Redmancometh writes: So I have made hacks for a few semi-popular games that involve C#. Recently I discovered a library called mono.cecil which made ILcode manipulation relatively painless. After discovering this I put a bit of my infosec background to use. So...I used it to make an application that allows the injection of "agent" dlls into a bytecode assembly (exe or dll.)
Features currently available : — Search directories for.net assemblies. Filter for.exe/.dll and whether or not to search recursively.
— Get assembly of running process and determine if it's.net. If so, add to file list
— Specify entry point for "jumpMethod()" instructions in C# dll assemblies from the GUI. This guarantees you can hook something that you know will be called.
— Can completely replace entry point method if the option is specified
— Can inject code from specified agent into all constructors in target assembly. Separate methods in agent correspond to instructions inserted at top/bottom of constructors respectively. - Can inject code from specified agent into all methods of target assembly. Separate methods in agent correspond to instructions inserted at top/bottom of methods respectively...No checkbox yet, just an argument. I'll add the checkbox when methods can be hooked via select-able BindingFlag filters
Here are some photos: http://imgur.com/a/QA5Hh http://imgur.com/a/ajfQm The good:
— A means of instrumentation in C#. The ability to fully interact with the code causing you problems...at runtime.
— The ability to deploy patches to 3rd party C# applications extremely easily.
— Very few pieces of malware written in C# are "stealthy"
— C# has authentication checks when accessing fol The Bad:
— I can cheat in all your.net games.
— It can search specifically for.net assemblies, or the assemblies of chosen processes, and inject.net code into them. This could be used maliciously..and make injected code quite hard to remove.
So you know, never trust a.net binary again. I'll be releasing the application once it's 100% done. Currently it works with about ~90% of C# assemblies with a pretty significant agent payload. Let me know what you guys think, and let me know if you have any ideas. I'll be releasing the first version in the next week or so.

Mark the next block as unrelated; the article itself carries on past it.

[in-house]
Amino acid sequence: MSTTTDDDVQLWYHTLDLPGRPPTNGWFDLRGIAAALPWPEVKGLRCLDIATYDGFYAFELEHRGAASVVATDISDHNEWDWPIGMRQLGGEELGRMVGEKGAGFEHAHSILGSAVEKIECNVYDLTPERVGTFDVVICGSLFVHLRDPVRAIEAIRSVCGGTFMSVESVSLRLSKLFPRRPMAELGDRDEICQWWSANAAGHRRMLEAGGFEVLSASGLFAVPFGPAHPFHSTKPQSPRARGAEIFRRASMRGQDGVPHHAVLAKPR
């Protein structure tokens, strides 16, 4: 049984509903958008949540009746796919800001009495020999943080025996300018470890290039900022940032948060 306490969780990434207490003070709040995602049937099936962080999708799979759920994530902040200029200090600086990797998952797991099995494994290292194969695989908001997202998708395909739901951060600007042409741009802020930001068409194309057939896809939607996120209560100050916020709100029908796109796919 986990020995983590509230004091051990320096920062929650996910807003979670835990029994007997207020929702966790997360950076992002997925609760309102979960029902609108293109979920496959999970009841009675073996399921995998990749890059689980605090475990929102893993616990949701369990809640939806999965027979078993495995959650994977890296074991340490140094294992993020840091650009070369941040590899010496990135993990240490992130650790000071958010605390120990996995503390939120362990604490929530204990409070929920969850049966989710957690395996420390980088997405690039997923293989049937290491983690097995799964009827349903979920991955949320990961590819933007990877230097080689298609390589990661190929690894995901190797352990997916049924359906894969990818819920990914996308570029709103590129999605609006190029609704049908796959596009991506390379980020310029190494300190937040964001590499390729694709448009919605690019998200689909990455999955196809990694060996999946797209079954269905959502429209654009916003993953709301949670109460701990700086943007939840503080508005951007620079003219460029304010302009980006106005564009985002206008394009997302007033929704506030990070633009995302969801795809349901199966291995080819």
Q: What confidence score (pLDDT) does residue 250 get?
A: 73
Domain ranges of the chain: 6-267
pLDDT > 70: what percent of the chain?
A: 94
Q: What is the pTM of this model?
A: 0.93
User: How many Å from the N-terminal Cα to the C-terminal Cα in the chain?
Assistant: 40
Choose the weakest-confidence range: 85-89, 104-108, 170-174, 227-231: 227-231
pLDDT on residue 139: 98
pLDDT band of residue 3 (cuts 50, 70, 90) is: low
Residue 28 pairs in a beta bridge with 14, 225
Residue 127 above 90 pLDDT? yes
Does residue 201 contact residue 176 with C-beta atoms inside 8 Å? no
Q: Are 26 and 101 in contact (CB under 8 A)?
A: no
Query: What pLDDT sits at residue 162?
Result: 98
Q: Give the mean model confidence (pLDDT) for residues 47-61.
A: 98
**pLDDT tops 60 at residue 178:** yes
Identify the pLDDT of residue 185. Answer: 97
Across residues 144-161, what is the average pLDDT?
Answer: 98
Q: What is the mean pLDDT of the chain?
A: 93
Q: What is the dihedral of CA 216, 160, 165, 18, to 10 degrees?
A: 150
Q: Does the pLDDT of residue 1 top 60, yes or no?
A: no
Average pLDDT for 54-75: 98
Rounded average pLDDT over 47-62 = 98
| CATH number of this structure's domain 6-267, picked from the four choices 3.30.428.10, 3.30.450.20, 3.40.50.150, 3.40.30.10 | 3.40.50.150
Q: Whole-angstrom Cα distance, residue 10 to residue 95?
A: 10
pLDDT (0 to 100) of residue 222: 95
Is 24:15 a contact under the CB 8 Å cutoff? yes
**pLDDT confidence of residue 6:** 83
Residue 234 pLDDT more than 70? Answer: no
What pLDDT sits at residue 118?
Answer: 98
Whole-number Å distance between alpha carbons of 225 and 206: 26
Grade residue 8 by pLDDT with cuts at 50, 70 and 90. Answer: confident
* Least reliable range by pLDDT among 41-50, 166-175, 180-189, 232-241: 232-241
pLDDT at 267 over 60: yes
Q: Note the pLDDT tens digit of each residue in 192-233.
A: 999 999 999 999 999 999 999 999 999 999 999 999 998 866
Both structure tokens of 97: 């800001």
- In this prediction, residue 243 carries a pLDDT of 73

astroengine writes: "Why our planet isn't a "snowball Earth" — a dilemma called the "faint young sun paradox" — has foxed solar and planetary scientists for decades. Since the Earth's formation, a planet covered in ice should have stifled any kind of greenhouse effect, preventing our atmosphere from warming up and maintaining water in a liquid state. Now, David Minton of Purdue University has come up with a novel solution that, by his own admission, straddles science fact and fiction. Perhaps Earth evolved closer to the Sun and through some gravitational effect, it was pushed to a higher orbit as the Sun grew hotter. But watch out, if this is true, planetary chaos awaits."
ananyo writes: Condensed-matter physicists have managed to detect the third constituent of an electron — its 'orbiton'. Isolated electrons cannot be split into smaller components, earning them the designation of a fundamental particle. But in the 1980s, physicists predicted that electrons in a one-dimensional chain of atoms could be split into three quasiparticles: a ‘holon’ carrying the electron’s charge, a ‘spinon’ carrying its spin and an ‘orbiton’ carrying its orbital location. In 1996, physicists split an electron into a holon and spinon. Now, van den Brink and his colleagues have broken an electron into an orbiton and a spinon (abstract). Orbitons could also aid the quest to build a quantum computer — one stumbling block has been that quantum effects are typically destroyed before calculations can be performed. But as orbital transitions are extremely fast, encoding information in orbitons could be one way to overcome that hurdle.